During the upcoming trading week, the release of the US CPI inflation data and the midterm election are the main events that the market will focus on. A red win in the United States could set about major new trends in the market.
Moreover, with inflation well above the Fed’s 2 percent target the US central bank remain caught between a rock and hard place right now.
US Midterm Elections
During this midterm election all seats in the House up for election, and 35 Senate seats will be up for the vote. The Senate race is currently seen as a toss-up, but in recent days, the polling has been leaning in favour of Republicans. The Republican party are expected to take control of the House.
Within the Senate, there is particular attention on the Georgia, Nevada and Pennsylvania races, with Republicans trying to take Georgia and Nevada, while Democrats are looking to take Pennsylvania from the opposition.
If the Democrats retain control of the Senate, and the House becomes Republican, it will be difficult to pass legislation over the coming two years, where any House-passed measures would likely be dead on arrival in the Senate, and vice-versa.
However, the Republicans will likely use the debt limit and government funding limits to leverage the Democrats to force them to the negotiating table on spending cuts, some analysts argue.
Bank of America suggests that if the Republicans win, it would signal that the electorate wants low inflation, while if the Democrats win, it would imply the electorate wants low unemployment.
BofA suggests a Republican win would also lead to tighter monetary policy, and for the yield curve to invert further, while a Democratic win would likely result in looser fiscal policy, and a steeper yield curve.
US CPI Inflation
Analysts expect headline consumer prices to pick up by 0.7% M/M in October, accelerating from the 0.4% M/M rate in September; the core measure is seen cooling a touch to 0.5% M/M, lower than the 0.6% M/M in September, but a still elevated level vs historical level.
Fed Chair Powell recently said it was “very premature” to consider pausing or ending the rate hiking cycle, noting that inflation remains well above the Fed’s longer-run goals, with price pressures evident across goods and services.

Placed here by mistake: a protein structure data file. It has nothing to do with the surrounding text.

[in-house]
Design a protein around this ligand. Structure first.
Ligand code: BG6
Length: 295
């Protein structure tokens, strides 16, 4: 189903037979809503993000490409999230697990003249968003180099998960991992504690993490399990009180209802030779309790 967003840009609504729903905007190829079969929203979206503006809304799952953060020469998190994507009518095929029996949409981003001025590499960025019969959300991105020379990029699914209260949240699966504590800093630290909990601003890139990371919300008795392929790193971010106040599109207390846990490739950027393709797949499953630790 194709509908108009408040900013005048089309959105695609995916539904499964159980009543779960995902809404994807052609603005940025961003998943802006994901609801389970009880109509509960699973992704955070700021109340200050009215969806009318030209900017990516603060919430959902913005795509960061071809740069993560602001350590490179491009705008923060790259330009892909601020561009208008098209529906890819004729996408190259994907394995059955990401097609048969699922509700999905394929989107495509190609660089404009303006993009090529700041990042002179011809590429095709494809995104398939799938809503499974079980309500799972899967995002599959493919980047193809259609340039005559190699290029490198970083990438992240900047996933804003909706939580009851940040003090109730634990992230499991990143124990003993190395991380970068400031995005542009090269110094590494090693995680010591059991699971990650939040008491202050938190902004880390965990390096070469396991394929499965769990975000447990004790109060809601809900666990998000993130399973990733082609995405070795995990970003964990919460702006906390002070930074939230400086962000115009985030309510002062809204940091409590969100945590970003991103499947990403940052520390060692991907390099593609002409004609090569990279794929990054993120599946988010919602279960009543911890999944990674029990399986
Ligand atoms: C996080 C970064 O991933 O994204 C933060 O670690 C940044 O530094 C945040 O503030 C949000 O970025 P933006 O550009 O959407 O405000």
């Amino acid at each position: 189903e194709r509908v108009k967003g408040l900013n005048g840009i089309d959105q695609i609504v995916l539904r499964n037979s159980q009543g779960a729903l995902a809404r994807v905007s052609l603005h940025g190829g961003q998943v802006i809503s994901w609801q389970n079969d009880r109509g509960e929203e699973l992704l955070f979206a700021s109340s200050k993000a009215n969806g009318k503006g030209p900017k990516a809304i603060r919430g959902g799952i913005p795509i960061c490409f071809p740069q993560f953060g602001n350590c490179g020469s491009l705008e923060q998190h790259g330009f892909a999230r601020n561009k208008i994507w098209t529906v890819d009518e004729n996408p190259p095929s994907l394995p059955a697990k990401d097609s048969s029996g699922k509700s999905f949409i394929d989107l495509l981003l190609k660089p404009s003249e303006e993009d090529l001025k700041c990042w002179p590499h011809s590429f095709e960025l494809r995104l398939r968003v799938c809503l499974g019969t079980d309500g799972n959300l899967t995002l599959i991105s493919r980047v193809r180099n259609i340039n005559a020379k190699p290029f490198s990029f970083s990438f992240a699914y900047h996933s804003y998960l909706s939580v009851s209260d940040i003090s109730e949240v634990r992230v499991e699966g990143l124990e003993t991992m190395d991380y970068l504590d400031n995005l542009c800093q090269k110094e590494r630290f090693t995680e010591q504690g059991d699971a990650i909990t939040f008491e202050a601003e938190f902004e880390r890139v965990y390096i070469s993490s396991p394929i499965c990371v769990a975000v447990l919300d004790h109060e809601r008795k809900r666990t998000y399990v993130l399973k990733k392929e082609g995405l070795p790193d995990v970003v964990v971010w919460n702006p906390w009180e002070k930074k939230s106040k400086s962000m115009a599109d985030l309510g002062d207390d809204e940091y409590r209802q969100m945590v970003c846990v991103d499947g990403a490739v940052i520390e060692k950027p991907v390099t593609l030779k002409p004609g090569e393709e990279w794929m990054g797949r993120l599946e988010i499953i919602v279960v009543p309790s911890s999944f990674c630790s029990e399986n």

Powell did, however, allude to a potentially slower pace of rate hikes in December; the statement said the Fed will consider the “cumulative tightening of monetary policy, the lags with which monetary policy affects economic activity and inflation, and economic and financial developments” when determining the pace of future rate increases.
Currently, the market is split in its views about whether the Fed will implement a 50bps or 75bps rate hike in December. Accordingly, the market seems to be of the view that if inflation metrics move lower, this gives the Fed cover to downshift to the lower increment; however, if inflation data does not cooperate, then the Fed will prefer the larger sized hike.
UK GDP Estimate
August’s monthly GDP data printed -0.3% M/M, painting a picture of an economy losing momentum, and analysts at Investec think a similar picture could be seen in the September data, with the potential for an even steeper drop; it forecasts a monthly decline of 1.0%.
Investec says that if back data is not revised, the UK will have managed to avoid technical recession for now. They saw that is recession likely by Q4, because a rebound in GDP is highly likely to have followed in October as activity resumed after the end of the national mourning period”.
The bank stated “still, we do expect a recession during 2023 as higher interest rates bite against a backdrop of fiscal tightening.” Another negative print could weigh heavily on the British pound.